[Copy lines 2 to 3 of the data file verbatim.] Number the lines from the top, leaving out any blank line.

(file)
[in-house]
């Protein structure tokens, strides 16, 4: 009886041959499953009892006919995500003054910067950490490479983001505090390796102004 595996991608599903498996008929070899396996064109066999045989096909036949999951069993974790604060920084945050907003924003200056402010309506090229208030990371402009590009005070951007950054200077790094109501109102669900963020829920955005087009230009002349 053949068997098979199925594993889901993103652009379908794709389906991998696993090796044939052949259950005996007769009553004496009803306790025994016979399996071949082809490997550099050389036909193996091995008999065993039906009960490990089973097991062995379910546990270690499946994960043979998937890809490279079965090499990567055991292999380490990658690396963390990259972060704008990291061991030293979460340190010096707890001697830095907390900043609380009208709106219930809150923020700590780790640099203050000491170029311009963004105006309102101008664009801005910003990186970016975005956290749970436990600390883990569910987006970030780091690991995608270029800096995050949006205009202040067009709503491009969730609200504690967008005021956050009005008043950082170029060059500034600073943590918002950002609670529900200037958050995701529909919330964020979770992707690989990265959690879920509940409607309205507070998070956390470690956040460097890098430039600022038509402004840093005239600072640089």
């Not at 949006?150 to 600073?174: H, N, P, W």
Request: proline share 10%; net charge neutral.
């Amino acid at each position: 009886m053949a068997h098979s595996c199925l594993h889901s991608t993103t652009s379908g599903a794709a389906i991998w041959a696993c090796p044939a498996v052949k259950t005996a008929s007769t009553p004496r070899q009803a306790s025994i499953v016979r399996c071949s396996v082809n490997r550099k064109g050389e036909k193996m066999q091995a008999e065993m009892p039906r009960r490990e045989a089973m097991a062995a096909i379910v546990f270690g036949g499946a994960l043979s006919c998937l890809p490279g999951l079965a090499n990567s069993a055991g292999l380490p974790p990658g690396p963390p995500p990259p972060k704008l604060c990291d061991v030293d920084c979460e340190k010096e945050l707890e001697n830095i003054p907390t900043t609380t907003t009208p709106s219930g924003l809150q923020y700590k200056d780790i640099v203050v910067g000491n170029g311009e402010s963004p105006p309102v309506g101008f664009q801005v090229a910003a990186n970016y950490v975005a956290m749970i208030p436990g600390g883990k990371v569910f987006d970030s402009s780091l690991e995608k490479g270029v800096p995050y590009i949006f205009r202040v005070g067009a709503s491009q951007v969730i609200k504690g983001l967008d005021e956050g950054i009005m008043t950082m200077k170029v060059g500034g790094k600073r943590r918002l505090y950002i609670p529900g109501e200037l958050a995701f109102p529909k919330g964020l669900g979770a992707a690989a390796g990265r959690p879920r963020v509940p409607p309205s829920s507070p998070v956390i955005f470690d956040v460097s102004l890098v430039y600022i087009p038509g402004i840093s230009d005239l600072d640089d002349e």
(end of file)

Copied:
């Protein structure tokens, strides 16, 4: 009886041959499953009892006919995500003054910067950490490479983001505090390796102004 595996991608599903498996008929070899396996064109066999045989096909036949999951069993974790604060920084945050907003924003200056402010309506090229208030990371402009590009005070951007950054200077790094109501109102669900963020829920955005087009230009002349 053949068997098979199925594993889901993103652009379908794709389906991998696993090796044939052949259950005996007769009553004496009803306790025994016979399996071949082809490997550099050389036909193996091995008999065993039906009960490990089973097991062995379910546990270690499946994960043979998937890809490279079965090499990567055991292999380490990658690396963390990259972060704008990291061991030293979460340190010096707890001697830095907390900043609380009208709106219930809150923020700590780790640099203050000491170029311009963004105006309102101008664009801005910003990186970016975005956290749970436990600390883990569910987006970030780091690991995608270029800096995050949006205009202040067009709503491009969730609200504690967008005021956050009005008043950082170029060059500034600073943590918002950002609670529900200037958050995701529909919330964020979770992707690989990265959690879920509940409607309205507070998070956390470690956040460097890098430039600022038509402004840093005239600072640089």
């Not at 949006?150 to 600073?174: H, N, P, W």